Blood from a stone: a closer look at gargoyles in the Fantasy Trip

September 6, 2021 at 5:54 pm

“The monsters were his friends, and guarded him.”

― Victor Hugo, The Hunchback of Notre-Dame

In the original Fantasy Trip, there were a lot fewer restrictions on what race of character you could create — centaurs, giants, and reptile men were all on the table. There was a strange (and unbalanced) caveat that these races would take twice as much experience to advance, but as a multi-hex bruiser with a minimum 25 ST who cared? That said, not all these monstrous races seem so far-fetched, and a couple of years back we created playable options for reptile men. Today we’d like to do the same for gargoyles.

With its signature minimalism, all we know of TFT gargoyles is that they are “tough, ugly humanoids (that) have a silicon metabolism” and “gargoyles live in small tribes in mountainous areas, hunting and eating rocks. They especially love to inhabit ruins. They prize jewels, and can sometimes be hired as guards by the wealthy; they are tough and trustworthy, though sullen.” They are strong but dim-witted, and can fly in complete defiance of physics. But there is an allure to being able to play rock-skinned, flying, sharp-clawed killing machine so let’s give it a shot.

 

Building blocks to creating a gargoyle

To do this, let’s start with attributes. We give them base abilities of ST10, DX8, and IQ6 with 8 more points to allocate. To keep with the original theme, increasing IQ above 10 would cost 2 points at creation or twice as much XP later on.

The rest of their abilities can be handled as racial Talents. This balances their extraordinary aspects and also gives the player to create a more personalized character. Who is to say that their gargoyle must have claws or that all gargoyles can fly?

 

New IQ 6 Racial Talents:

Stony Carapace (2) Prerequisite: Gargoyle. While their silicon-based bodies are inherently tough and resilient, gargoyles make themselves even harder with secret treatments and mineral baths in their high mountain redoubts. A gargoyle’s carapace thus treated deflects one hit of damage per attack (AD1). This Talent can be taken up to three times.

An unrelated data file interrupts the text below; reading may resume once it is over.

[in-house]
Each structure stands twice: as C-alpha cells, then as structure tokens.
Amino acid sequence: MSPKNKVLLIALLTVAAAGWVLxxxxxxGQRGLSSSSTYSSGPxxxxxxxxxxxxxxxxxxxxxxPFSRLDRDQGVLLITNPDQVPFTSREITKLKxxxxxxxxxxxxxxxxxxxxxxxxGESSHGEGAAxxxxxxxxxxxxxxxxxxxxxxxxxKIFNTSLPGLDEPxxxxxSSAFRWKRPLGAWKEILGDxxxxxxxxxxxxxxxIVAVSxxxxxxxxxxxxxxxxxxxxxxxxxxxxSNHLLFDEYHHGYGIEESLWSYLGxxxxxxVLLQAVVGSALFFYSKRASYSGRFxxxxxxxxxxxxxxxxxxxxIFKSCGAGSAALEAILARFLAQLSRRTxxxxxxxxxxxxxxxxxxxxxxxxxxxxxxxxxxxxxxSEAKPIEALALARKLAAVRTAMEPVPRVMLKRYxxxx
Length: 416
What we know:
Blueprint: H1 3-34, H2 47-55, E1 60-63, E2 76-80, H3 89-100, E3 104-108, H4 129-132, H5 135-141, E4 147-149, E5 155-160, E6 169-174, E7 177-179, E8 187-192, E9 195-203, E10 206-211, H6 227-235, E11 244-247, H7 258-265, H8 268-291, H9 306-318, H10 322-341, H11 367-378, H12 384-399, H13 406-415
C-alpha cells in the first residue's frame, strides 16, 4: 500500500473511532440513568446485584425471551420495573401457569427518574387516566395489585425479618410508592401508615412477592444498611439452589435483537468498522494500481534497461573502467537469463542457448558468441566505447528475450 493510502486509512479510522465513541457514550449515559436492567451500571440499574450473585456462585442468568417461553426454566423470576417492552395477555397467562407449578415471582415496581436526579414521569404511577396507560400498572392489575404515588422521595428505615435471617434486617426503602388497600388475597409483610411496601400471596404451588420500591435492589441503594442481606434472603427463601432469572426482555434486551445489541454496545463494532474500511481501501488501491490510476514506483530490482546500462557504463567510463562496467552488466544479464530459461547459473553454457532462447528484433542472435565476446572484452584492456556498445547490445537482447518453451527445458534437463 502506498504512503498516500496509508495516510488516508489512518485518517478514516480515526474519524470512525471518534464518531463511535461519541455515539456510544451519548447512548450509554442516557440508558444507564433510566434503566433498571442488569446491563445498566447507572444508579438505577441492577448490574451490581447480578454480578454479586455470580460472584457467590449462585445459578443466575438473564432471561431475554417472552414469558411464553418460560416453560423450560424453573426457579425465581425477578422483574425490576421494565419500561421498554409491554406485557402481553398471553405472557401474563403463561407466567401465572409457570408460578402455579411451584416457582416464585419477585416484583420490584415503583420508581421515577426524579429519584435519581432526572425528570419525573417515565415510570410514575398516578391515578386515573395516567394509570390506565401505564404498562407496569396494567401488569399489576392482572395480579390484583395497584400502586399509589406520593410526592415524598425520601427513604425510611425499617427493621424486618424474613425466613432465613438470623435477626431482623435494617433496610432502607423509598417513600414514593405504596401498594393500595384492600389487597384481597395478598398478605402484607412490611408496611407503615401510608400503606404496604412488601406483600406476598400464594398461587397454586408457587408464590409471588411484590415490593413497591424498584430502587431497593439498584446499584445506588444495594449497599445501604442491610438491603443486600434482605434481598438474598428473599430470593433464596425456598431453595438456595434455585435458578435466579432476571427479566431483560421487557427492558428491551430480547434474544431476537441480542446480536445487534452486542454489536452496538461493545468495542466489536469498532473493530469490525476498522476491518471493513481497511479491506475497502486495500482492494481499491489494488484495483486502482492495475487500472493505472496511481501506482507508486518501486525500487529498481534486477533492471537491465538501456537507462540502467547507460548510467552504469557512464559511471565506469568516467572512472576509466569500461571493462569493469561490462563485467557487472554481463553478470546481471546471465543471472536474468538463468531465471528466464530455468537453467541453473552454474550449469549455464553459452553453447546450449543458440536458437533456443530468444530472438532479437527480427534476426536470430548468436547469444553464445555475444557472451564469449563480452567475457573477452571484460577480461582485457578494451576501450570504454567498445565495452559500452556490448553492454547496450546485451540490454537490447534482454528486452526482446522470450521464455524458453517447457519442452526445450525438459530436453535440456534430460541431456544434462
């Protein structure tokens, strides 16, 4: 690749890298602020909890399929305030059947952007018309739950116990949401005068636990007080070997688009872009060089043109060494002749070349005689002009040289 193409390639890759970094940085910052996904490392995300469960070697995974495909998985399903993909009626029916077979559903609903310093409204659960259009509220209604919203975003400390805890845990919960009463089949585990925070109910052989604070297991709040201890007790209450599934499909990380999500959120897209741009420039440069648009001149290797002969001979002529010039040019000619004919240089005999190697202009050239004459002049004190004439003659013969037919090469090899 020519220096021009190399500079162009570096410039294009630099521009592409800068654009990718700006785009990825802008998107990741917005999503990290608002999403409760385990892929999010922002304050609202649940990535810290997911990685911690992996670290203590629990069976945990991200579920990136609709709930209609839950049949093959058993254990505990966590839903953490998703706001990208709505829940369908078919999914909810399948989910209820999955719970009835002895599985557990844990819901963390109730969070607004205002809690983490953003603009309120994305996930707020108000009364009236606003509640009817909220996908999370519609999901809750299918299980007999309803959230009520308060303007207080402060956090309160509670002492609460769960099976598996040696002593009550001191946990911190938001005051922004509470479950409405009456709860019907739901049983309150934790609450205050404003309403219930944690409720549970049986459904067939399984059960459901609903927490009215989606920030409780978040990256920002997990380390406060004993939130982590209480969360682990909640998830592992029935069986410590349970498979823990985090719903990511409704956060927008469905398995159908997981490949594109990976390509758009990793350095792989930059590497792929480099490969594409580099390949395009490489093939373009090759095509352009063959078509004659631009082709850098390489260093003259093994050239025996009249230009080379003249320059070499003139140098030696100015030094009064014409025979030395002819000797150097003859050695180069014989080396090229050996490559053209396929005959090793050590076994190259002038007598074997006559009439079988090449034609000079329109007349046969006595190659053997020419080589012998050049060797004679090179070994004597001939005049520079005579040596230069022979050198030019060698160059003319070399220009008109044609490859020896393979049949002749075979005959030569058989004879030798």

Claws (2) Prerequisite: Gargoyle. The sharp talons of a gargoyle are deadly in a fight. They can be used either in regular or HTH combat and do +2 to damage.

 

New IQ 7 Racial Talents:

Advanced Claws (2) Prerequisite: Gargoyle, ST12. Longer and stronger than their lesser counterparts, these claws add +1d to damage.

 

New IQ 8 Racial Talents:

Gargoyle Flight (3) Prerequisite: Gargoyle. As stated in the rules, gargoyles have a limited form of magical levitation that passes for flight. This Talent gives a gargoyle a Fly MA of 16 and the maneuverability of a typical flying creature. A gargoyle without this talent can still leave the ground, but must make a 3/DX test to move up to 8, and takes penalties to attack as a wizard with a Fly spell (ITL, p.20).

In addition to these available talents, all gargoyles can stand perfectly still and blend in with their environment, and gain +2DX for Stealth or Hiding tests made in rocky terrain when they are not moving.

To offset these advantages, there are some downsides to playing a gargoyle. If you are using our Drawback system, give the player points for them, or simply let them take up to two points of Talents for free.

New Racial Drawback: Suspicious (minor habit) After generations of being hunted as raw materials for magical potions, gargoyles have a deep distrust of other races. They rarely let their guard down around others and are hesitant to make friends. Others get a -1 to Reaction rolls when dealing with gargoyles, and gargoyles take the same penalty with strangers.

They also have the Outsider drawback (minor social) and most societies have little experience with gargoyles, do not serve food suitable for them, and do not carry clothing or gear suitable for their use.

Following these guidelines, a starting gargoyle could have ST13, DX11, IQ8, have AD2, 2d-1 damage, and a Fly MA 16, as well as one spare point if they wanted to add a simple weapon proficiency or mundane skill. Which is pretty close to the monster listing.